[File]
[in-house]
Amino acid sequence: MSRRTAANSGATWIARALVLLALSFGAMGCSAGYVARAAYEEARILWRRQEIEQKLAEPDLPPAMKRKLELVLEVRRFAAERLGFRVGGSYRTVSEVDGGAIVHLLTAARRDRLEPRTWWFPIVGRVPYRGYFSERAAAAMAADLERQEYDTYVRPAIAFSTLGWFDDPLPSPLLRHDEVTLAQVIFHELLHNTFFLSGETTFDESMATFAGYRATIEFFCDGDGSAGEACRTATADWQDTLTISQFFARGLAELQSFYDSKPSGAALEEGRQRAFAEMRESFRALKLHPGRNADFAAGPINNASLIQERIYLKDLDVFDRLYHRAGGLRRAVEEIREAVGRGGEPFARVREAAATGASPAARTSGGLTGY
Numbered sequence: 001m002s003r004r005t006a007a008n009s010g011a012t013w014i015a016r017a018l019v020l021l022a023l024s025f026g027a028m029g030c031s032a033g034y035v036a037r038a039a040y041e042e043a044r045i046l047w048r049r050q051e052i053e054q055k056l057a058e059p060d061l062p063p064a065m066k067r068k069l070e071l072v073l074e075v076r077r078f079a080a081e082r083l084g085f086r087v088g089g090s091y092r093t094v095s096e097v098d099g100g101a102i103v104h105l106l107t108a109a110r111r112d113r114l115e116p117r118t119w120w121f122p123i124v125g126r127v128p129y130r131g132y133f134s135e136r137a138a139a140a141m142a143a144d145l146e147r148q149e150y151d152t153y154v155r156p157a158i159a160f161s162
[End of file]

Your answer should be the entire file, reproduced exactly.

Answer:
[in-house]
Amino acid sequence: MSRRTAANSGATWIARALVLLALSFGAMGCSAGYVARAAYEEARILWRRQEIEQKLAEPDLPPAMKRKLELVLEVRRFAAERLGFRVGGSYRTVSEVDGGAIVHLLTAARRDRLEPRTWWFPIVGRVPYRGYFSERAAAAMAADLERQEYDTYVRPAIAFSTLGWFDDPLPSPLLRHDEVTLAQVIFHELLHNTFFLSGETTFDESMATFAGYRATIEFFCDGDGSAGEACRTATADWQDTLTISQFFARGLAELQSFYDSKPSGAALEEGRQRAFAEMRESFRALKLHPGRNADFAAGPINNASLIQERIYLKDLDVFDRLYHRAGGLRRAVEEIREAVGRGGEPFARVREAAATGASPAARTSGGLTGY
Numbered sequence: 001m002s003r004r005t006a007a008n009s010g011a012t013w014i015a016r017a018l019v020l021l022a023l024s025f026g027a028m029g030c031s032a033g034y035v036a037r038a039a040y041e042e043a044r045i046l047w048r049r050q051e052i053e054q055k056l057a058e059p060d061l062p063p064a065m066k067r068k069l070e071l072v073l074e075v076r077r078f079a080a081e082r083l084g085f086r087v088g089g090s091y092r093t094v095s096e097v098d099g100g101a102i103v104h105l106l107t108a109a110r111r112d113r114l115e116p117r118t119w120w121f122p123i124v125g126r127v128p129y130r131g132y133f134s135e136r137a138a139a140a141m142a143a144d145l146e147r148q149e150y151d152t153y154v155r156p157a158i159a160f161s162